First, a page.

Russians Ready To Remove Lenin’s Body From Mausoleum?
It’s been more than a decade since the Soviet Union collapsed, and longer since the Communist Party in that country lost power, and yet the body of the founder of the U.S.S.R. still lies embalmed in a mausoleum in Moscow’s Red Square where, inexplicably, tourists wander in to gaze upon the preserved body of a dead man who founded a dead nation. Now, some Russian officials are talking about removing his body and burying it in the ground:
[T]he return of Vladimir Putin for a third term as president of Russia in May, could pave the way for Lenin’s removal.
This week, Russia’s new culture minister, Vladimir Medinsky, re-ignited the controversy when he told the radio station Ekho Moskvy that Lenin should be buried.
“A body should be interred in the earth,” Medinsky said, who added that he was in favour of making it a state occasion. “I would observe all the appropriate ceremonies. As [Lenin] was a senior public figure the funeral should happen with all fitting state rituals, distinctions and a military salute in a suitable place.”
With this observation, Medinsky was drawing a comparison with the treatment of Stalin, whose embalmed corpse was spirited away from its place beside Lenin one night in 1961 on the orders of Nikita Khrushchev and buried by the Kremlin’s walls.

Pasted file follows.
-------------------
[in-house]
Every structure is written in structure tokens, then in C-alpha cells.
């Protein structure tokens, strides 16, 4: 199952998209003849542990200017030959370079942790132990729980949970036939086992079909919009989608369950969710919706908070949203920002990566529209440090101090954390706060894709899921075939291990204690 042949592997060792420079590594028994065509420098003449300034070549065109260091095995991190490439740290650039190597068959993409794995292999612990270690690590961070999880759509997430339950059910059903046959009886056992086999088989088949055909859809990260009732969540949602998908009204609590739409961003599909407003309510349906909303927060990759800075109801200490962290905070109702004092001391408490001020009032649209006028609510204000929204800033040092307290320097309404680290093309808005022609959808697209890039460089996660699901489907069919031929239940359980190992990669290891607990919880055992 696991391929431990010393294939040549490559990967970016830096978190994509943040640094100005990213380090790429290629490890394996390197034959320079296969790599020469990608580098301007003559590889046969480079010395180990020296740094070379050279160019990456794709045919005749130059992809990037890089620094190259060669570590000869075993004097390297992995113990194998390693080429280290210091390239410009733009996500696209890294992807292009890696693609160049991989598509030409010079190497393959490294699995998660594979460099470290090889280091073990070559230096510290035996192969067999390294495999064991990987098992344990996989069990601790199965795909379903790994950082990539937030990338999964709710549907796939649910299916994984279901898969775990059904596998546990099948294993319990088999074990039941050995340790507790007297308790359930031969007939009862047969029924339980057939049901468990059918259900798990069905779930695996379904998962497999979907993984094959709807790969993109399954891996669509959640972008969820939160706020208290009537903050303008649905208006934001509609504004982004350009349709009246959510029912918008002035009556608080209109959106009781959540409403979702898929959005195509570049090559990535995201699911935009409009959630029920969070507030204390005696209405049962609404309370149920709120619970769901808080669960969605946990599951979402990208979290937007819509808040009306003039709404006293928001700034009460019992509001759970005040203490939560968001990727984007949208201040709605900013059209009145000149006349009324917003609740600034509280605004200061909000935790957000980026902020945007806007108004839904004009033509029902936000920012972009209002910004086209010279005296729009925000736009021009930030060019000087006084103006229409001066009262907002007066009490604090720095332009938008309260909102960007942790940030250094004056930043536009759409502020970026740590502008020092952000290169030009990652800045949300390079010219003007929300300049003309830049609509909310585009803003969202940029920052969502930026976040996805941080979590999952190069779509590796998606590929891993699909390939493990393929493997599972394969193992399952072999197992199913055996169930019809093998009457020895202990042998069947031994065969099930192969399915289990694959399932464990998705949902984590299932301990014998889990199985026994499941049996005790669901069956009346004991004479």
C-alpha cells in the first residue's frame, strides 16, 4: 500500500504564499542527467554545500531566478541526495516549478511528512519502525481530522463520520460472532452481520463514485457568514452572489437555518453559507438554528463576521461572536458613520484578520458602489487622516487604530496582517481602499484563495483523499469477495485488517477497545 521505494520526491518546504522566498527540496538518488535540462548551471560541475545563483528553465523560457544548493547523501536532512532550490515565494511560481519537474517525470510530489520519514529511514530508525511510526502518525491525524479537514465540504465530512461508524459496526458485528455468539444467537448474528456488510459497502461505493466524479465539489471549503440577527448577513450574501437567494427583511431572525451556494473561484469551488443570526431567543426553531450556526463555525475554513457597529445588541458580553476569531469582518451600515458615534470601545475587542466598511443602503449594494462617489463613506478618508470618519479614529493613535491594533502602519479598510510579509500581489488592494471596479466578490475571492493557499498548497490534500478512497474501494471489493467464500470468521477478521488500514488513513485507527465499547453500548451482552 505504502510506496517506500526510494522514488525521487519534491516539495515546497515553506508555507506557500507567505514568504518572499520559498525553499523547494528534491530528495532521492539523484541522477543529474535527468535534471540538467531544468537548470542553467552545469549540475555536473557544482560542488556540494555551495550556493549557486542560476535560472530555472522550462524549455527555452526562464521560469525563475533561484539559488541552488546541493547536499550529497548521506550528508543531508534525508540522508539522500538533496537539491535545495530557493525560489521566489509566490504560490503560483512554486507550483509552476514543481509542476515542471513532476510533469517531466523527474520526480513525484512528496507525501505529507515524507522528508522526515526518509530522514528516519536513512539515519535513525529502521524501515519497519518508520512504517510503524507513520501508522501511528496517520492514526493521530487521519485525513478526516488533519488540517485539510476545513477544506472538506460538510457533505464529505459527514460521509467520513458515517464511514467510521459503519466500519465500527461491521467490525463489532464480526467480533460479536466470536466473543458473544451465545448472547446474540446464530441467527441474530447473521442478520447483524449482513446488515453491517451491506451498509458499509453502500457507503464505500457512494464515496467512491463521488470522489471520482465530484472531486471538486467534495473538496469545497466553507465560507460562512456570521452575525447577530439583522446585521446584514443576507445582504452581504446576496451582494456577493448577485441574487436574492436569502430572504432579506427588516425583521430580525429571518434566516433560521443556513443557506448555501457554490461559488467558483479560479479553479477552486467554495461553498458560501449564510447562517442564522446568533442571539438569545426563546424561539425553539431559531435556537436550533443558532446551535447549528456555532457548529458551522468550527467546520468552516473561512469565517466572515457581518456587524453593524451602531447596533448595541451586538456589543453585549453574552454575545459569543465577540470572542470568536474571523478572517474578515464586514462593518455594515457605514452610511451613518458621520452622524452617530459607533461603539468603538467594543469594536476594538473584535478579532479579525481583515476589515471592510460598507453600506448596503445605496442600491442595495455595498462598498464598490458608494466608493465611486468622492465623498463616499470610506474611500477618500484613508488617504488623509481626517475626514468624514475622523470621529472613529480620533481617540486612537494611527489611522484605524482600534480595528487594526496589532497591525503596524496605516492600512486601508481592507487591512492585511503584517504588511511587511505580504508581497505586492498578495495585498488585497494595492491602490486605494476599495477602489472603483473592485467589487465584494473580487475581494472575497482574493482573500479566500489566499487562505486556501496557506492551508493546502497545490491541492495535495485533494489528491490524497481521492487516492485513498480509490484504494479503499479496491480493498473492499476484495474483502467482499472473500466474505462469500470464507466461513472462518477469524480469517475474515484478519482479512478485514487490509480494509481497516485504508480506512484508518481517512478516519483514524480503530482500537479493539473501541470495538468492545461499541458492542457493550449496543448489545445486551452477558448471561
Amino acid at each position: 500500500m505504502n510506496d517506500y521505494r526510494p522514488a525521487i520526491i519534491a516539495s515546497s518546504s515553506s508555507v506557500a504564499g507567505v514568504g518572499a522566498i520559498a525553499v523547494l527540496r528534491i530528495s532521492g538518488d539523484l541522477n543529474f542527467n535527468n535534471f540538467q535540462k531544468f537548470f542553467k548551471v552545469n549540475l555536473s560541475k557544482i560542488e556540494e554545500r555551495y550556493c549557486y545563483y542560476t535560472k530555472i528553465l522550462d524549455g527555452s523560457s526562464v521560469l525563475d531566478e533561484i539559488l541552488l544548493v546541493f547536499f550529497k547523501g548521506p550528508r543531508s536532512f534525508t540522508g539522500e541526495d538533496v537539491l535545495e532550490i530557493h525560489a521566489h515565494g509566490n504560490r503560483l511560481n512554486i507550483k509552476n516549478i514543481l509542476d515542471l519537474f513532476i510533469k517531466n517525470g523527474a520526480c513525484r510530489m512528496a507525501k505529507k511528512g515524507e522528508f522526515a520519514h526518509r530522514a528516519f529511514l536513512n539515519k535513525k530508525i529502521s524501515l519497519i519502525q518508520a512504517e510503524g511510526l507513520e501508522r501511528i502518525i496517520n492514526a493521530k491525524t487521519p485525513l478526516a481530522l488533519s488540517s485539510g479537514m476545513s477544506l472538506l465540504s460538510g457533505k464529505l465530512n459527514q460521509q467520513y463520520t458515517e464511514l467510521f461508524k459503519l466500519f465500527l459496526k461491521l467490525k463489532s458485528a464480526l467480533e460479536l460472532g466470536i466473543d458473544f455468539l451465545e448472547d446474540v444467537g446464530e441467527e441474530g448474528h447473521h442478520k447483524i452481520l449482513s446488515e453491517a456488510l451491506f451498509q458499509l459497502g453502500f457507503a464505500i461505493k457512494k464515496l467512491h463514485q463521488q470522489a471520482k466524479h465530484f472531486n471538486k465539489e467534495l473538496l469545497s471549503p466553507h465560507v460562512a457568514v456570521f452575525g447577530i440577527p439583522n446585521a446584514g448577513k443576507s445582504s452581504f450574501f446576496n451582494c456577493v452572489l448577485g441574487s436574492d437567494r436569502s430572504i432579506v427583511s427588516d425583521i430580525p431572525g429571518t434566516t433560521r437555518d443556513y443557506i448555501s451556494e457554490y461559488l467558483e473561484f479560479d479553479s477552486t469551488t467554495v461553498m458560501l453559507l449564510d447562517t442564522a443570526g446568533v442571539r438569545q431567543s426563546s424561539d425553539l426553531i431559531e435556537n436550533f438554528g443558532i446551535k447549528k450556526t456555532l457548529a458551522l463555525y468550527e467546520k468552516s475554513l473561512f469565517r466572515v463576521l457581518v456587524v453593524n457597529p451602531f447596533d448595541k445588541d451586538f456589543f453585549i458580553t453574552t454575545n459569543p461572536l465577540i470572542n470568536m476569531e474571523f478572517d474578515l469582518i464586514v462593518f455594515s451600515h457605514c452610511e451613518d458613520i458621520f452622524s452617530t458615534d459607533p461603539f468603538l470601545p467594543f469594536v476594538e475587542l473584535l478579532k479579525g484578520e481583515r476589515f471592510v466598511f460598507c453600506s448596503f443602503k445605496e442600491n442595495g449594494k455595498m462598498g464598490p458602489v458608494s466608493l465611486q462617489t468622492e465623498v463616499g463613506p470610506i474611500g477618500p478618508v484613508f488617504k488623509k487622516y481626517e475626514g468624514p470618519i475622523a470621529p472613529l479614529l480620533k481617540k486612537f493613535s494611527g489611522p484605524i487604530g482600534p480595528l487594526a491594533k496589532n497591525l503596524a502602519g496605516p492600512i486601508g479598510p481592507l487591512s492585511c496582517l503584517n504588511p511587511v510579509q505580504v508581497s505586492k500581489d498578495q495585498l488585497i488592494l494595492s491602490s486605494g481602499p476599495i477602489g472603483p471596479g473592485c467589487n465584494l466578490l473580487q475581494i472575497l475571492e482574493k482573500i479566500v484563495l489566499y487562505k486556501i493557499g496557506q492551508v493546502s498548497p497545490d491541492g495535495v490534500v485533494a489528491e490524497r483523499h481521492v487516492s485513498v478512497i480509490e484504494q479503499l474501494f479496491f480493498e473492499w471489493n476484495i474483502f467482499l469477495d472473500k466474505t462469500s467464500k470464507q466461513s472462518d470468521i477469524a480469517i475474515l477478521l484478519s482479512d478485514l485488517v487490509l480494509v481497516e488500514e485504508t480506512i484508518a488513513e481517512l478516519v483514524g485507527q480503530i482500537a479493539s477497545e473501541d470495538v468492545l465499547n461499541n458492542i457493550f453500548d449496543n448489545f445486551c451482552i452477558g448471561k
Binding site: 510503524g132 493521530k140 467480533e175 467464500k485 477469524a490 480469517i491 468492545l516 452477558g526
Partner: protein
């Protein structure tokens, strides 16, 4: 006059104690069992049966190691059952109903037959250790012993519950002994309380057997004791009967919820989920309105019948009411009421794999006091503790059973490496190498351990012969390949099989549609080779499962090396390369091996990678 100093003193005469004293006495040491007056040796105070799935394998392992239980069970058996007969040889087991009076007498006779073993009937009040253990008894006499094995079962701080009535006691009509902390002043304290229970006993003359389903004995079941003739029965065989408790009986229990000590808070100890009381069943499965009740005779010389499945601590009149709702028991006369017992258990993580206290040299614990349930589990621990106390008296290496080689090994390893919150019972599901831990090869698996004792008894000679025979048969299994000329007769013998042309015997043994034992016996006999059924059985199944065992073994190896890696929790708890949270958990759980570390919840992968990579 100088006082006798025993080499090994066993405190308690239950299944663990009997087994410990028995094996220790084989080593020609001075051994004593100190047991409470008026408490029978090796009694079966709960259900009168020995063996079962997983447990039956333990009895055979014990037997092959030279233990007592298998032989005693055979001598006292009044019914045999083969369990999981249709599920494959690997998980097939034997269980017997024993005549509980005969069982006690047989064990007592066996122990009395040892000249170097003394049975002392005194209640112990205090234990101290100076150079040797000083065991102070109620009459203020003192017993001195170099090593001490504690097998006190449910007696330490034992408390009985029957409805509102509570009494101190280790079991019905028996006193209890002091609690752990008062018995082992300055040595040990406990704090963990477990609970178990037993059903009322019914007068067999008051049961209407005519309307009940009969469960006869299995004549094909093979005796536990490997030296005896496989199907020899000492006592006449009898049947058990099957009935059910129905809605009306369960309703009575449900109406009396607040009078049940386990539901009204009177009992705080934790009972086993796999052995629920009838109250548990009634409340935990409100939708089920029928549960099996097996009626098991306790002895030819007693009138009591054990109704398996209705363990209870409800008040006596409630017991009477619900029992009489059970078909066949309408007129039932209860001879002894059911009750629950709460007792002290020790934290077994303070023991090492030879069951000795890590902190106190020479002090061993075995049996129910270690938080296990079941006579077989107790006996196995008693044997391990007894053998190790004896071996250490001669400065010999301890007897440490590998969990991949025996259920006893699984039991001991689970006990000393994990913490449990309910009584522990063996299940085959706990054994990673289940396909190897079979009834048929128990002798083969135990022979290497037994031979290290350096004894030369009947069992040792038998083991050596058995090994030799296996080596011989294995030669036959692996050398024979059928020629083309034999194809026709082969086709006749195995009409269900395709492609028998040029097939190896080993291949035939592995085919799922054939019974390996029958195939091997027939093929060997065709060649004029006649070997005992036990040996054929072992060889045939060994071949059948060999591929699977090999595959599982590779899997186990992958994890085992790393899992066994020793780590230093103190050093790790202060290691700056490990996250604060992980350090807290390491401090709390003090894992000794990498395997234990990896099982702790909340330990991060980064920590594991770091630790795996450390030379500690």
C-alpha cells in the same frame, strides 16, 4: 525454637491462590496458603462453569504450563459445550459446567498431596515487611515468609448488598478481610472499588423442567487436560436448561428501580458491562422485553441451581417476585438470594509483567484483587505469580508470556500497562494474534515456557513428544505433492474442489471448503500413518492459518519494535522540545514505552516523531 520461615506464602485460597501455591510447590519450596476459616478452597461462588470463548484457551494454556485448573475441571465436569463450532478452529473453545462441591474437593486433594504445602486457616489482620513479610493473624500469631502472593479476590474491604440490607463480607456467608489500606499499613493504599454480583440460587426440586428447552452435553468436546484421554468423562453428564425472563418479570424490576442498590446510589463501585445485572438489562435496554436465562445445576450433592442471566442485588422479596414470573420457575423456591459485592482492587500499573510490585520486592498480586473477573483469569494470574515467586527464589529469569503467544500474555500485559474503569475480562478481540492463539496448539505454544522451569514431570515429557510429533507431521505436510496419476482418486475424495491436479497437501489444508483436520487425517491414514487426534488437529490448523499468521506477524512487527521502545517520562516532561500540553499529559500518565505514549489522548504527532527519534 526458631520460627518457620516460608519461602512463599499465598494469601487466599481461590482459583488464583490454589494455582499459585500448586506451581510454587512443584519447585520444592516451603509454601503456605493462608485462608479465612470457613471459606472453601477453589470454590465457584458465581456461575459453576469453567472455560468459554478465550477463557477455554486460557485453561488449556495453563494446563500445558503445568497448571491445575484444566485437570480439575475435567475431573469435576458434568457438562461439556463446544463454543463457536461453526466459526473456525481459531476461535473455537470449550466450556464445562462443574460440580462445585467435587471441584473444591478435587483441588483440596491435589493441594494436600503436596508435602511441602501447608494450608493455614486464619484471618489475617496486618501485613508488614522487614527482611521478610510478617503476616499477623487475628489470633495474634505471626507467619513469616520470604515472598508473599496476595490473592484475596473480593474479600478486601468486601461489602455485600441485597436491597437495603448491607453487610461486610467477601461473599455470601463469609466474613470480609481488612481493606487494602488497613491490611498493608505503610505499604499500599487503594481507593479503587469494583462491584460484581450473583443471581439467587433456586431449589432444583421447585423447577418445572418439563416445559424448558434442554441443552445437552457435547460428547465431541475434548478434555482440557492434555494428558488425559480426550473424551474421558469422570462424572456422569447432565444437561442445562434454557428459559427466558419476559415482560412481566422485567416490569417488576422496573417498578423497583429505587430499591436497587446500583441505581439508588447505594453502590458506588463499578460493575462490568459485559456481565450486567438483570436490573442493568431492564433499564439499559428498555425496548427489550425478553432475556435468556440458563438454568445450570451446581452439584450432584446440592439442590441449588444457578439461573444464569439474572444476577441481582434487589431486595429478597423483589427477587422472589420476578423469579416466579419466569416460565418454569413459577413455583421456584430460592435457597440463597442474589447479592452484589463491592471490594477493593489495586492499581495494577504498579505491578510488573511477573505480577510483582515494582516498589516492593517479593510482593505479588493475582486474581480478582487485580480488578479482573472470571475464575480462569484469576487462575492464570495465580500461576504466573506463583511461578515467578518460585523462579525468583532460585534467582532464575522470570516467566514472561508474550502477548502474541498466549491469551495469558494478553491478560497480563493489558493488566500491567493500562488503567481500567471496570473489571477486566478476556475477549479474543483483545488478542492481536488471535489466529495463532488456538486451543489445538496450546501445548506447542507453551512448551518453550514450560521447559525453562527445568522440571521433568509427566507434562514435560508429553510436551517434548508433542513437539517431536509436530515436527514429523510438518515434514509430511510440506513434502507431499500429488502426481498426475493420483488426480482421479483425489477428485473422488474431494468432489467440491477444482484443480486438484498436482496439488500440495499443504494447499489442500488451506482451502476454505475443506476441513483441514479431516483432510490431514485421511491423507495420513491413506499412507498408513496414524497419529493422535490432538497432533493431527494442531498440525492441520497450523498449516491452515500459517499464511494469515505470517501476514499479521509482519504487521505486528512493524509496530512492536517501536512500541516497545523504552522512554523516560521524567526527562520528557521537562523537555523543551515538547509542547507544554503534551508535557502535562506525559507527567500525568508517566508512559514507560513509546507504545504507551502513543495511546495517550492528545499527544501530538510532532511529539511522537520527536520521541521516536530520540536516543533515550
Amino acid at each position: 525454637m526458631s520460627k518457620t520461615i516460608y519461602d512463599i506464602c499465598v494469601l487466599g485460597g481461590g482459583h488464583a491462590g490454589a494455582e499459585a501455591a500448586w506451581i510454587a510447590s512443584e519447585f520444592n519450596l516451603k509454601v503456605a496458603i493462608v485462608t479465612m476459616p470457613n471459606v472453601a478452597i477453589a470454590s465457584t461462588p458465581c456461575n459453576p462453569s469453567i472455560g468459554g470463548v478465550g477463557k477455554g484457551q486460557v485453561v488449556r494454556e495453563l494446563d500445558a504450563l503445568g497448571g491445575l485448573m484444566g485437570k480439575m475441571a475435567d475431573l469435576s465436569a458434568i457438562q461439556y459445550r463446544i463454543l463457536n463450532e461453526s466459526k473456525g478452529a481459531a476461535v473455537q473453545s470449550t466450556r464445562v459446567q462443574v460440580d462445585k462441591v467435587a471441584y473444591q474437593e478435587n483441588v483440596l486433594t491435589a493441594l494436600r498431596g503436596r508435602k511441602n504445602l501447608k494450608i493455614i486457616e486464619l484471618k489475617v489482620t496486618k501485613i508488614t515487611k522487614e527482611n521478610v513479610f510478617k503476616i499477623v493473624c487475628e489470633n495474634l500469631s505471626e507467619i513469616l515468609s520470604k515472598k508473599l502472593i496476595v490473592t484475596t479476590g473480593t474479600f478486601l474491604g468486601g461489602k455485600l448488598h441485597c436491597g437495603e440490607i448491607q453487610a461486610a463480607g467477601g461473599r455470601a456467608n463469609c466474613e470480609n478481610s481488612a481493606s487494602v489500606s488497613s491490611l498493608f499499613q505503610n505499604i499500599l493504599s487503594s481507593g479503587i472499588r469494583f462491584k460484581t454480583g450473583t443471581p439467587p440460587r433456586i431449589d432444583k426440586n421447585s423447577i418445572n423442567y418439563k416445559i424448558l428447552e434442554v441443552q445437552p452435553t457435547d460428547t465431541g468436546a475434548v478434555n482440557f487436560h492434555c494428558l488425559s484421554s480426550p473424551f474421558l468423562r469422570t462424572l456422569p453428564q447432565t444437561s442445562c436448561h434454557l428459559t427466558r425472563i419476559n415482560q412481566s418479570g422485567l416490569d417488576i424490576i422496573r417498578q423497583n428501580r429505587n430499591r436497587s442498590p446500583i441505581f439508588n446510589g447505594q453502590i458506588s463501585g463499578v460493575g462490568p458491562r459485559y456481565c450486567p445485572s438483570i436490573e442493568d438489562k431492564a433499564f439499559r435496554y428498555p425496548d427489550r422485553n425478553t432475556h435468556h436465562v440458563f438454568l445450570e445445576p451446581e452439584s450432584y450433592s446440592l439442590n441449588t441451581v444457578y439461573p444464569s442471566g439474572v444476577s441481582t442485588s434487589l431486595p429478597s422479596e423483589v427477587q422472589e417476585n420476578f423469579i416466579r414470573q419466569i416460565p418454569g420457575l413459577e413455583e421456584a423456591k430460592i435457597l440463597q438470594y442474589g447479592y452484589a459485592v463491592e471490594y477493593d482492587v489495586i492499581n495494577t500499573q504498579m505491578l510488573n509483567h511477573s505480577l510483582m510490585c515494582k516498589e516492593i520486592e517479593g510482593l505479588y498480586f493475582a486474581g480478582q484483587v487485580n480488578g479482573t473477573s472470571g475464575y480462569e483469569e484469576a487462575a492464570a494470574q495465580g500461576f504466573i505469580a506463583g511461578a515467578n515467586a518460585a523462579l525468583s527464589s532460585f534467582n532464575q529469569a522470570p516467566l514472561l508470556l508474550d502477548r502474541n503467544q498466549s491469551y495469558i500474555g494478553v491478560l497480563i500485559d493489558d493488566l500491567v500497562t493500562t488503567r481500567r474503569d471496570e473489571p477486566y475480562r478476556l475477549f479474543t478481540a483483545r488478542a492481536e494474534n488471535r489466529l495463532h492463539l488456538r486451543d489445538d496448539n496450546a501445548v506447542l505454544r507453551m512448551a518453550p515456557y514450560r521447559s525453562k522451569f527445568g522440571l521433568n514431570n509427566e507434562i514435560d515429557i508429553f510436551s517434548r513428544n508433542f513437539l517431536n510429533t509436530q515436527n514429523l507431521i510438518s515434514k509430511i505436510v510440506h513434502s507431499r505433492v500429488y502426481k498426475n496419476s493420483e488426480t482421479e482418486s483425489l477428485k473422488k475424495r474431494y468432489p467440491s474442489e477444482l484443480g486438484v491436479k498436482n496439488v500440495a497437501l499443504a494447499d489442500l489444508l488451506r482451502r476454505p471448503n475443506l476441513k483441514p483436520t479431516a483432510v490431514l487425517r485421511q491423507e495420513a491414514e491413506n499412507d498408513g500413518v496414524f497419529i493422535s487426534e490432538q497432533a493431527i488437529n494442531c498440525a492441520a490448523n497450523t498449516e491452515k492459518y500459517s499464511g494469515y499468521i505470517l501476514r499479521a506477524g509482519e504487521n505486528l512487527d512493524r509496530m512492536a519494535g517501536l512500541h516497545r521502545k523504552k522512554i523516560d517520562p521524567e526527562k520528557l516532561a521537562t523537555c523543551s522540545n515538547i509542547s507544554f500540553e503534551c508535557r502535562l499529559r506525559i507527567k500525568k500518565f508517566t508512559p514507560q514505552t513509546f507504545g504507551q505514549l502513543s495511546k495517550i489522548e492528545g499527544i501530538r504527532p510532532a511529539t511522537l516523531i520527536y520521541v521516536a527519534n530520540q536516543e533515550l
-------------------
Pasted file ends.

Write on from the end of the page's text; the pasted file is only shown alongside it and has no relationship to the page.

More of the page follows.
The famous mausoleum where Soviet leaders stood to review military parades, should stay, said Medinsky. “It must remain,” he said. “It would be possible to turn it into a museum of Soviet history that would be very well visited and could have expensive tickets.”
But the comments created such a furore that Medinsky had to clarify his position.
“It remains exclusively my personal opinion as a citizen,” the culture minister, whose appointment Putin approved last month, later wrote on his blog.
While some parts of society, including the Orthodox church, support the idea of a burial, others are vigorously opposed.
The Communist party, Russia’s second most popular political party, is particularly outspoken on the issue, which some suggest could be resolved by a referendum.
“Discussions about removal and re-burial have are simply provocative,” Gennady Zyuganov, the head of the Communist party, said in 2009. “Any attempt to vulgarise or re-write the Soviet period and diminish the memory of Lenin … is an attempt to undermine the integrity of the Russian federation.”
But many Communists are ageing and Medinsky’s comments on the subject show that support may be growing for Lenin’s final burial.
An April opinion poll suggested that 56% of Russians were in favour of removing the corpse, compared to 46% six years ago.
One suspects as the post-Soviet generation becomes older, public opinion on this issue will shift even more, and that the odd custom that began in the 1920s will finally be put to an end.